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In re Nichols

Supreme Court of New York, Third Department

March 16, 2017

In the Matter of RICHARD NICHOLS, Petitioner,
v.
NEW YORK STATE DEPARTMENT OF FINANCIAL SERVICES, Respondent.

          Calendar Date: January 17, 2017

          Underberg & Kessler, LLP, Rochester (Colin D. Ramsey of counsel), for petitioner.

          Eric T. Schneiderman, Attorney General, Albany (Jonathan D. Hitsous of counsel), for respondent.

          Before: Peters, P.J., McCarthy, Egan Jr., Rose and Mulvey, JJ.

          MEMORANDUM AND JUDGMENT

          Egan Jr., J.

         Proceeding pursuant to CPLR article 78 (transferred to this Court by order of the Supreme Court, entered in Albany County) to review a determination of respondent finding, among other things, that petitioner had engaged in untrustworthy conduct, and imposed a fine.

         At all times relevant, petitioner was licensed in this state as an insurance agent/broker. In 1999, petitioner was contacted by Mutual Benefits Corporation (hereinafter MBC), a Florida-based company, about the possibility of becoming a sales agent for its products. Thereafter, between 2001 and 2004, petitioner sold viatical settlement agreements to investors on behalf of MBC.

         By all accounts, a viatical settlement agreement is one in which the original holder of a life insurance policy, i.e., the insured or, as relevant here, the viator, sells his or her interest in the policy to a settlement company for a discounted lump-sum payment. The settlement company then becomes the beneficiary of the policy in question (and assumes responsibility for the premium payments due thereon) and either retains a whole interest in the policy or sells off percentages thereof to investors. The benefit payout matures - and is dependent - upon the death of the viator, typically an elderly or terminally ill individual, and the investor realizes a profit only if the policy benefit paid is greater than the discounted purchase price plus any additional premiums that may become due. The amount of the lump-sum payment made to the viator is based upon his or her anticipated life expectancy; hence, in the event that a particular viator exceeds his or her estimated life expectancy, additional premium payments on the policy would become due and could reduce - or even eliminate - the profit from the death benefit ultimately paid.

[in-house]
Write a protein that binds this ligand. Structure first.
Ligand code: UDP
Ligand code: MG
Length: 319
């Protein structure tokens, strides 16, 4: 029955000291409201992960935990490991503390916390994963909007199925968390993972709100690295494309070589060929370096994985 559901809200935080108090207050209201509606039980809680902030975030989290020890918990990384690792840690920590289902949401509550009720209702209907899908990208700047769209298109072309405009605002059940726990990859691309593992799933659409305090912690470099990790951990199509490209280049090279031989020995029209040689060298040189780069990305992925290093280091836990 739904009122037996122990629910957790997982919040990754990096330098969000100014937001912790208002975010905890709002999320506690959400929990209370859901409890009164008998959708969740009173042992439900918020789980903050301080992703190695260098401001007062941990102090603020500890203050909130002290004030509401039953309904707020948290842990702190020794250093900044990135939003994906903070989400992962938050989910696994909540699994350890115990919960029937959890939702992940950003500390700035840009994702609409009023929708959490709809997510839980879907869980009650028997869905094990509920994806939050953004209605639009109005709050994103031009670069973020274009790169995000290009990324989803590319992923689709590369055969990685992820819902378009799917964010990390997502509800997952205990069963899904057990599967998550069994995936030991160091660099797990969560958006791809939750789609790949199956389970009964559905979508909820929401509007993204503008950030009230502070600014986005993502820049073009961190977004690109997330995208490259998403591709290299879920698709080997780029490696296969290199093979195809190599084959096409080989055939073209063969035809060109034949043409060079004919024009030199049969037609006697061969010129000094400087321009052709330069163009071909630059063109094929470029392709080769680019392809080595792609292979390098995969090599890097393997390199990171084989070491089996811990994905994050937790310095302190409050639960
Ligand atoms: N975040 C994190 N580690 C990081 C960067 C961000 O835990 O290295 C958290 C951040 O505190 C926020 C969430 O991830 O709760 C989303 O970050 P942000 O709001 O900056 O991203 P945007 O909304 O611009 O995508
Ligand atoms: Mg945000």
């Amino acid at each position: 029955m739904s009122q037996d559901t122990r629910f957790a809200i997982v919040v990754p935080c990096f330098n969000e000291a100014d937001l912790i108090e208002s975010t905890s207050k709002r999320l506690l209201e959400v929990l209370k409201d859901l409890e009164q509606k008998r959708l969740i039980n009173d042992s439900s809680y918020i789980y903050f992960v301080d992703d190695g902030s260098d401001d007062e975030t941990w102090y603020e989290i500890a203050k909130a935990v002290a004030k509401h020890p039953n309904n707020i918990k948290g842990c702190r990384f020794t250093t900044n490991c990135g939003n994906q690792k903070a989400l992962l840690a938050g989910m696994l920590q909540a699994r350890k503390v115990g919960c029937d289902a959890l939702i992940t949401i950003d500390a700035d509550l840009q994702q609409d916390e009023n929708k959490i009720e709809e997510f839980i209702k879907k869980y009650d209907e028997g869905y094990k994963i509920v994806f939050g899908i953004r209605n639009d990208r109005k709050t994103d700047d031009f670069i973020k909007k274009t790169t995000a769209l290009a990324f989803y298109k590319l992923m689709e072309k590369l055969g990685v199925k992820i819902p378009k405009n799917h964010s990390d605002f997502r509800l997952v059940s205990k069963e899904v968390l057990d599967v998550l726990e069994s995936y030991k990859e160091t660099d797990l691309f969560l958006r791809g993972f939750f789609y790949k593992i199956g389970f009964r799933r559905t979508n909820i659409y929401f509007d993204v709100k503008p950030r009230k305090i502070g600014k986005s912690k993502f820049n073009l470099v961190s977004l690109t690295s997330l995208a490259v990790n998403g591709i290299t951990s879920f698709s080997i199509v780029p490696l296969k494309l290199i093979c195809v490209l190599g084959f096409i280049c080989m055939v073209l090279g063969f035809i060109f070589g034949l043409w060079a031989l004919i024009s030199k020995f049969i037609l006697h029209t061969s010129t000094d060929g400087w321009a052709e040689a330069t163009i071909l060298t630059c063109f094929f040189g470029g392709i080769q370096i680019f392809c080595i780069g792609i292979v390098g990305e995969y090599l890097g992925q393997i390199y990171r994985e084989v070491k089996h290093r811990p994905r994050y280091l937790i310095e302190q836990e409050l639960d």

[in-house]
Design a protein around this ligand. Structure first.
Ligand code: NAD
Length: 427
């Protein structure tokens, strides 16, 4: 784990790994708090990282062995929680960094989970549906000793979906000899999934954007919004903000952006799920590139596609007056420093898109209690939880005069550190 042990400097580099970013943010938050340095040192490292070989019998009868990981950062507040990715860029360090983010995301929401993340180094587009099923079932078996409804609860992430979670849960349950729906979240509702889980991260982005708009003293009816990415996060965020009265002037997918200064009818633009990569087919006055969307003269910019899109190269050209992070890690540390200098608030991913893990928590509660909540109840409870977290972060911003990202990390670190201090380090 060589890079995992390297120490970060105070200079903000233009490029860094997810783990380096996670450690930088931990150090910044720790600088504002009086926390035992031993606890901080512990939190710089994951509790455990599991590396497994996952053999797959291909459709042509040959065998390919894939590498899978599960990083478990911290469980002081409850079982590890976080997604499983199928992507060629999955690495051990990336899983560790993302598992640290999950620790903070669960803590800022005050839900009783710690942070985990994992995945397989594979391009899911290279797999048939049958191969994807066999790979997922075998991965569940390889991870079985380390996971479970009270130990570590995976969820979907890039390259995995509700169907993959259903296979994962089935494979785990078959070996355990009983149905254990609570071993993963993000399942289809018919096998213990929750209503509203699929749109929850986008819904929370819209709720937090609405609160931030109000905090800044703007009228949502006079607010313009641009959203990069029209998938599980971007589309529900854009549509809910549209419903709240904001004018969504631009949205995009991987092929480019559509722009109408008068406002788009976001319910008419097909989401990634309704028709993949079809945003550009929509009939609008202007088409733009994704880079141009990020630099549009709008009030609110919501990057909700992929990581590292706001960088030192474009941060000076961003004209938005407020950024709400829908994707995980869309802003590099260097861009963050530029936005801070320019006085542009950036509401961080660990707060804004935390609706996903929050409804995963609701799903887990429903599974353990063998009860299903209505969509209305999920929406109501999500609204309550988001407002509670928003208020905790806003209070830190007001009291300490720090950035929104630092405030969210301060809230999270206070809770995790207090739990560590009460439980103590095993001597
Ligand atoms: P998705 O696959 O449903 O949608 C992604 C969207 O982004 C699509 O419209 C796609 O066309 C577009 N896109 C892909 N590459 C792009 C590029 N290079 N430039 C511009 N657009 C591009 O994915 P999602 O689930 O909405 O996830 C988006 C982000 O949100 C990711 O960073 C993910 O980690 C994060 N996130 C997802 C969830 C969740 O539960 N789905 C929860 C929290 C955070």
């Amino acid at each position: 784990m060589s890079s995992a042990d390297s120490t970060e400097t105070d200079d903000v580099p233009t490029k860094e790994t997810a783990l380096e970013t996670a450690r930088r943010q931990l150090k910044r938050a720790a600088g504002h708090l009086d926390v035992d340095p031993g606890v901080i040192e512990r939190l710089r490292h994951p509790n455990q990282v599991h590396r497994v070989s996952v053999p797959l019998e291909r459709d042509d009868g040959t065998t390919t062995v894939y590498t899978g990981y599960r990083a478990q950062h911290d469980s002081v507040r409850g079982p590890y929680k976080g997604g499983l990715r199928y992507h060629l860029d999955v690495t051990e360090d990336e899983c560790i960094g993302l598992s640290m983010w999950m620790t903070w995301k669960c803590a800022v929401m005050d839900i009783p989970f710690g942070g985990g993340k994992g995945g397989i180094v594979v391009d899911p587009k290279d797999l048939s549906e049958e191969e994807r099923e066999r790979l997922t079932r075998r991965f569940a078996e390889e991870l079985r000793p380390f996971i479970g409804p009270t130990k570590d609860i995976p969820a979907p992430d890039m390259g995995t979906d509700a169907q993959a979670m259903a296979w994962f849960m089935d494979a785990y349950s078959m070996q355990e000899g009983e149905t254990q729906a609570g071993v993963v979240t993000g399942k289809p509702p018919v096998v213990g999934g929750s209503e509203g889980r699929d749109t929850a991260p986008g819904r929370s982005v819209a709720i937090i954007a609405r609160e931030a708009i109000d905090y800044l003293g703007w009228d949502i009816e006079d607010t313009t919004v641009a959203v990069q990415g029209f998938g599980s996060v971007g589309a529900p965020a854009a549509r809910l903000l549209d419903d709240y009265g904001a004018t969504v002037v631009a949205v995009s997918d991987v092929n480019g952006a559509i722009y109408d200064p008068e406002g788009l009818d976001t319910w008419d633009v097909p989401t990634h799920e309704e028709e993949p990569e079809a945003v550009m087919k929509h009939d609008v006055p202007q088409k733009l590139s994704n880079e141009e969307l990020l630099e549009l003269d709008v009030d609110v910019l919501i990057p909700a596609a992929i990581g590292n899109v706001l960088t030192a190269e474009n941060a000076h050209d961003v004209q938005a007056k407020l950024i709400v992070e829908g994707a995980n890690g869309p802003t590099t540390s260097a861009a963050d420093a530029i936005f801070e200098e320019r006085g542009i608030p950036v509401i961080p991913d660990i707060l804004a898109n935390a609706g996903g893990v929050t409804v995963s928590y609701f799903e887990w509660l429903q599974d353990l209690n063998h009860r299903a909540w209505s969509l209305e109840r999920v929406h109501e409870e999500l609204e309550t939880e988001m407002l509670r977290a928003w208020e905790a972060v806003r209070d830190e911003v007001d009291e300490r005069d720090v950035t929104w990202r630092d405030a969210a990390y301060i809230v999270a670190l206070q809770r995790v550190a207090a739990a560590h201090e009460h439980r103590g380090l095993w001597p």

During the relevant time period, petitioner sold approximately 400 interests in viatical settlements to roughly 200 clients, and each client signed a 23-page, largely single-spaced contract with MBC. In conjunction therewith, MBC provided its agents with "ad slicks" or advertisements to assist in marketing the viatical settlements. The advertisement selected by petitioner in 2001 proclaimed "NOW THERE'S A BETTER ALTERNATIVE TO THE TRADITIONAL CD OR ANNUITY, " indicated that investors would "EARN 12-72% DOUBLE-DIGIT FIXED RETURN" and advised that "12, 18, 24, 48, 60 or 72 Month Plans" were available. No mention of viatical settlements was made in the advertisement, and no disclaimers were contained therein. Although petitioner sold interests in viatical settlements to many of his existing clients, at least two individuals contacted petitioner in response to this advertisement [1]. MBC paid petitioner a commission - between 1.5% and 12% - for each interest in a viatical settlement that he sold. [2]